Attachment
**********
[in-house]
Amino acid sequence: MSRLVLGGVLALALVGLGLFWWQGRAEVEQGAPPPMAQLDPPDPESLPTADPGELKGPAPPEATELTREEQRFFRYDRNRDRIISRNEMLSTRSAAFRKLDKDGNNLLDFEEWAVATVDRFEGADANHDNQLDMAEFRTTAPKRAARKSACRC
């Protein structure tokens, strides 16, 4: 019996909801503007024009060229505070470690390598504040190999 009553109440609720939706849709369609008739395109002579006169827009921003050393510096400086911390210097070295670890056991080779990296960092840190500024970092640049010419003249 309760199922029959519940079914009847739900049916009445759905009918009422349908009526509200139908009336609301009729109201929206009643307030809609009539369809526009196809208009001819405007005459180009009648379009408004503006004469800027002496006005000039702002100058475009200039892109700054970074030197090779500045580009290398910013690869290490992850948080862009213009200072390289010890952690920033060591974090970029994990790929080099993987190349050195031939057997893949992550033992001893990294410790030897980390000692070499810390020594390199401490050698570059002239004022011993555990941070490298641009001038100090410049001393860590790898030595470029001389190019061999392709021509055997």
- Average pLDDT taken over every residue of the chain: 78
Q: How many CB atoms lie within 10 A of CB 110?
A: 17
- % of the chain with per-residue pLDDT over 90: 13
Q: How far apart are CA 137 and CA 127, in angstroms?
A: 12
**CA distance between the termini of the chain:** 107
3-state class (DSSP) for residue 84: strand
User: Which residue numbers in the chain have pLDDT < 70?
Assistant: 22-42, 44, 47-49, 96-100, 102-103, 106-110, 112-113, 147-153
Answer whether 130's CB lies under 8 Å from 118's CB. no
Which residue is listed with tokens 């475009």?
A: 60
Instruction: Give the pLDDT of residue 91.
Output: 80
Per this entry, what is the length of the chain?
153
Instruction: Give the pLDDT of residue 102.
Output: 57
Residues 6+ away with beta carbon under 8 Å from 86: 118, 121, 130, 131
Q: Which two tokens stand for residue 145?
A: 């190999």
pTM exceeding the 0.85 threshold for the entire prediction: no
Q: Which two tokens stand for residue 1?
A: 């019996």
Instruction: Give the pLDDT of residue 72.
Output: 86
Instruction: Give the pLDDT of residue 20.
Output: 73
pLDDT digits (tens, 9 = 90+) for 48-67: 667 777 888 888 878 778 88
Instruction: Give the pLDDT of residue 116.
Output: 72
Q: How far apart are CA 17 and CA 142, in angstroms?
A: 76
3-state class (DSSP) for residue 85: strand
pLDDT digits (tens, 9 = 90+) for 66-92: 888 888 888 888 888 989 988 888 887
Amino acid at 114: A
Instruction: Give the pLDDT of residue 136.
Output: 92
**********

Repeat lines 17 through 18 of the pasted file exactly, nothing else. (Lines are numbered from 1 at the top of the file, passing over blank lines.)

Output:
Instruction: Give the pLDDT of residue 91.
Output: 80